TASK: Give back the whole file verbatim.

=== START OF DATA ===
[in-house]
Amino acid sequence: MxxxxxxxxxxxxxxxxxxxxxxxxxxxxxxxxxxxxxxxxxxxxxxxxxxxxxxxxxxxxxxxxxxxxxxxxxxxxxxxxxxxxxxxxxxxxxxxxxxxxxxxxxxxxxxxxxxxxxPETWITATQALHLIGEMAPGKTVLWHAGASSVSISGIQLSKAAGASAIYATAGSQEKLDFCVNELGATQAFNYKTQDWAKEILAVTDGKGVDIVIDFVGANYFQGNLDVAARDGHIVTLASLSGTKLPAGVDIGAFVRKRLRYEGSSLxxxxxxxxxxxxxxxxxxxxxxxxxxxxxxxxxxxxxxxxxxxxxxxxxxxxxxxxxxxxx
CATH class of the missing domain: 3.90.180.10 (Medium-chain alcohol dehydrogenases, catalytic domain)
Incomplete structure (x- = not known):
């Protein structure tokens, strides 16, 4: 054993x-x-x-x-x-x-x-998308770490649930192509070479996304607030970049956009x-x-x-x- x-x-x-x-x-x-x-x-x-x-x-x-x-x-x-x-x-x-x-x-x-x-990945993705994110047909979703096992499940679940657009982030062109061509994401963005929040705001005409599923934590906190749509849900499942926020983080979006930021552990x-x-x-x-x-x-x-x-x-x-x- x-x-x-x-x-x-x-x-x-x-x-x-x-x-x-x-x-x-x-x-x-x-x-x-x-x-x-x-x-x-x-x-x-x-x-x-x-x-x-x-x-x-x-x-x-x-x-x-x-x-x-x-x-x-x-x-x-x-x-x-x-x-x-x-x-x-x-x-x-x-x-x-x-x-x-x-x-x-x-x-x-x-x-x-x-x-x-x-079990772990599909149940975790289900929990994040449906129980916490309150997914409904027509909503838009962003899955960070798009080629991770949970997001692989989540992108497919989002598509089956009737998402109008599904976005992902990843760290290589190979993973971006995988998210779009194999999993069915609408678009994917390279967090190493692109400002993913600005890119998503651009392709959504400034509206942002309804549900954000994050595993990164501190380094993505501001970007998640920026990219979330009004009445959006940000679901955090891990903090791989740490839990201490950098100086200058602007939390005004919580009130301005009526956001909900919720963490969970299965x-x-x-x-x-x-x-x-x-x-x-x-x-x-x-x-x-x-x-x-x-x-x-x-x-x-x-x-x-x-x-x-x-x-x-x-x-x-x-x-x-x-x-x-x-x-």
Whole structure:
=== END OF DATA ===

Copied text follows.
[in-house]
Amino acid sequence: MxxxxxxxxxxxxxxxxxxxxxxxxxxxxxxxxxxxxxxxxxxxxxxxxxxxxxxxxxxxxxxxxxxxxxxxxxxxxxxxxxxxxxxxxxxxxxxxxxxxxxxxxxxxxxxxxxxxxxPETWITATQALHLIGEMAPGKTVLWHAGASSVSISGIQLSKAAGASAIYATAGSQEKLDFCVNELGATQAFNYKTQDWAKEILAVTDGKGVDIVIDFVGANYFQGNLDVAARDGHIVTLASLSGTKLPAGVDIGAFVRKRLRYEGSSLxxxxxxxxxxxxxxxxxxxxxxxxxxxxxxxxxxxxxxxxxxxxxxxxxxxxxxxxxxxxx
CATH class of the missing domain: 3.90.180.10 (Medium-chain alcohol dehydrogenases, catalytic domain)
Incomplete structure (x- = not known):
């Protein structure tokens, strides 16, 4: 054993x-x-x-x-x-x-x-998308770490649930192509070479996304607030970049956009x-x-x-x- x-x-x-x-x-x-x-x-x-x-x-x-x-x-x-x-x-x-x-x-x-x-990945993705994110047909979703096992499940679940657009982030062109061509994401963005929040705001005409599923934590906190749509849900499942926020983080979006930021552990x-x-x-x-x-x-x-x-x-x-x- x-x-x-x-x-x-x-x-x-x-x-x-x-x-x-x-x-x-x-x-x-x-x-x-x-x-x-x-x-x-x-x-x-x-x-x-x-x-x-x-x-x-x-x-x-x-x-x-x-x-x-x-x-x-x-x-x-x-x-x-x-x-x-x-x-x-x-x-x-x-x-x-x-x-x-x-x-x-x-x-x-x-x-x-x-x-x-x-079990772990599909149940975790289900929990994040449906129980916490309150997914409904027509909503838009962003899955960070798009080629991770949970997001692989989540992108497919989002598509089956009737998402109008599904976005992902990843760290290589190979993973971006995988998210779009194999999993069915609408678009994917390279967090190493692109400002993913600005890119998503651009392709959504400034509206942002309804549900954000994050595993990164501190380094993505501001970007998640920026990219979330009004009445959006940000679901955090891990903090791989740490839990201490950098100086200058602007939390005004919580009130301005009526956001909900919720963490969970299965x-x-x-x-x-x-x-x-x-x-x-x-x-x-x-x-x-x-x-x-x-x-x-x-x-x-x-x-x-x-x-x-x-x-x-x-x-x-x-x-x-x-x-x-x-x-």
Whole structure: